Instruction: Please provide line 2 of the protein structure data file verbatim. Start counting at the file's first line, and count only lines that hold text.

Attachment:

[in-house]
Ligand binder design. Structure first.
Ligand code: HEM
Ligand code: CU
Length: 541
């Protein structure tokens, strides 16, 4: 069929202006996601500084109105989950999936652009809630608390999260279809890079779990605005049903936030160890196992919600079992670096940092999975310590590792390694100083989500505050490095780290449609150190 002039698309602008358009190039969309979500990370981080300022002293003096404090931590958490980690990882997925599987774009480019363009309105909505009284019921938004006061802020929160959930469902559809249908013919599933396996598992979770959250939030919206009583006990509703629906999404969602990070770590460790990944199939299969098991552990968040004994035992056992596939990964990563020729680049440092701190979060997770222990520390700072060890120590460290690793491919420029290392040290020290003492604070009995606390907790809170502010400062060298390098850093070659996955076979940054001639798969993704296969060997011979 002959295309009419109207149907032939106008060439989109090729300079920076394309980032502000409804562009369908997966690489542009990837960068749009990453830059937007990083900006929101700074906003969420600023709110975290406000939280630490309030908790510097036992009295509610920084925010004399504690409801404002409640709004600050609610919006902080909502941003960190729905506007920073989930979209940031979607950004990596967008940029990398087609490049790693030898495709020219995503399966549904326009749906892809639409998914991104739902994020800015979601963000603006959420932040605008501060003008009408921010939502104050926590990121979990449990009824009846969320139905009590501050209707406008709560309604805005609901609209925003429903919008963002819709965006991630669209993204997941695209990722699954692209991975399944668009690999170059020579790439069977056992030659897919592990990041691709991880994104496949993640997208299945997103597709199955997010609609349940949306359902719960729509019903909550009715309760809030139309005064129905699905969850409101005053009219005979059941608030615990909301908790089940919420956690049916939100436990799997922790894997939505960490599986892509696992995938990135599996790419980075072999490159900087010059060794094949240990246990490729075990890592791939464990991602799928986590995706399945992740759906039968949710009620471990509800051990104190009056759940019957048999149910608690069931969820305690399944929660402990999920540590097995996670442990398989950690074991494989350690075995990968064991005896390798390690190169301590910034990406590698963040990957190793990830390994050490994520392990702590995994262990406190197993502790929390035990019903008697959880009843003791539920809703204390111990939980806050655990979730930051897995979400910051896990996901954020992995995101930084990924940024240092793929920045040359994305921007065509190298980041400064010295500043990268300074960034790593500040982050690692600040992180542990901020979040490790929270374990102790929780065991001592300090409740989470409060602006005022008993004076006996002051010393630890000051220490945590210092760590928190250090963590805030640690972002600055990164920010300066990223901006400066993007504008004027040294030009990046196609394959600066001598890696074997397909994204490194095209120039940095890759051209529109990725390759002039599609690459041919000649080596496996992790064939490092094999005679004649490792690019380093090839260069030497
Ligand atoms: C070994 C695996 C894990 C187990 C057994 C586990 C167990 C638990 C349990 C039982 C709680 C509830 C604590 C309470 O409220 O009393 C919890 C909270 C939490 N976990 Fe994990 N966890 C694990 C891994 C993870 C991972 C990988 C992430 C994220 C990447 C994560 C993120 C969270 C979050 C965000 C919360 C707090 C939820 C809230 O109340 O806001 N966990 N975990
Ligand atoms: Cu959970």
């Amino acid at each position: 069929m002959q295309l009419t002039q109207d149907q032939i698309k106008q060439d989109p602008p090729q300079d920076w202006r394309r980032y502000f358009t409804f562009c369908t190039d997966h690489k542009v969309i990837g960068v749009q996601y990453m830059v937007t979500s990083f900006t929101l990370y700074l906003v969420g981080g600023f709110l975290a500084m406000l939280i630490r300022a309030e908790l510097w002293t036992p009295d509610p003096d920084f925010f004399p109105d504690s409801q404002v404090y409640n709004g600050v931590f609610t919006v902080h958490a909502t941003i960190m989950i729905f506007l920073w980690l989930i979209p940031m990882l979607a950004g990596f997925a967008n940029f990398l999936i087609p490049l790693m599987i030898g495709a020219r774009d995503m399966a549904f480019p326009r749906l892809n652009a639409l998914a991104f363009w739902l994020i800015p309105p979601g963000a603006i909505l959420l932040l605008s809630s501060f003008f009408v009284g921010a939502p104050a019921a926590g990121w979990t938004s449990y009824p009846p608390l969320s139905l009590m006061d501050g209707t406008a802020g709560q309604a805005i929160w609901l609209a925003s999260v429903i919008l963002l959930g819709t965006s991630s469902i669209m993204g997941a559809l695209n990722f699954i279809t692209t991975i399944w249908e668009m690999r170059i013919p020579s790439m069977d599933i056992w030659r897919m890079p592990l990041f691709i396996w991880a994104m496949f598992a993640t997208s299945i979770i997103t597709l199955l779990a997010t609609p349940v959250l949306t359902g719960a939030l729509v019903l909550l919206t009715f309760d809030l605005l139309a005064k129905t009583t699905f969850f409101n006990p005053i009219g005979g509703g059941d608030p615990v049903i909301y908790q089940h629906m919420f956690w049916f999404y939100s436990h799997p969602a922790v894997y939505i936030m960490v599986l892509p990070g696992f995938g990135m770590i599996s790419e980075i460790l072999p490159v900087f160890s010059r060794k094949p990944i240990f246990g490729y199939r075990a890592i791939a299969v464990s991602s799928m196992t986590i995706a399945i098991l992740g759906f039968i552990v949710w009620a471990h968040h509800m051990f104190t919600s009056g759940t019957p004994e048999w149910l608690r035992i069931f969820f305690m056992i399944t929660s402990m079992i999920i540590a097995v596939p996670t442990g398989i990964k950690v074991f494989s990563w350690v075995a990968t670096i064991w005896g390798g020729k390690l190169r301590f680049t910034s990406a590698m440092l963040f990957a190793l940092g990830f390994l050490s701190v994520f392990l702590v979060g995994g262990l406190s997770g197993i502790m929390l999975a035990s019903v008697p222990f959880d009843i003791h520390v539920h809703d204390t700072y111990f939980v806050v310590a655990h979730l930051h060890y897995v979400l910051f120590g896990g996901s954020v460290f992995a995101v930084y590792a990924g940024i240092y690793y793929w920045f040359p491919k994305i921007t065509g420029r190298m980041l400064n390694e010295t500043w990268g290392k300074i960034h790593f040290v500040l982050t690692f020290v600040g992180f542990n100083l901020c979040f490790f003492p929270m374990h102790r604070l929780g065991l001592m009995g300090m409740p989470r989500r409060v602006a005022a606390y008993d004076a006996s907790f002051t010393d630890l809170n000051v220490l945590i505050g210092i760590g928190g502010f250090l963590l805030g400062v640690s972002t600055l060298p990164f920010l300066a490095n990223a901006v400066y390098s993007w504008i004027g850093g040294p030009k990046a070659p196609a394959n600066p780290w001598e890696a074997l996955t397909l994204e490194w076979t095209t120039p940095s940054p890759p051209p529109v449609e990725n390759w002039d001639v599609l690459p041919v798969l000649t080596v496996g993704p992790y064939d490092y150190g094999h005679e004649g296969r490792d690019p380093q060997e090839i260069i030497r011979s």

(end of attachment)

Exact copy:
Ligand binder design. Structure first.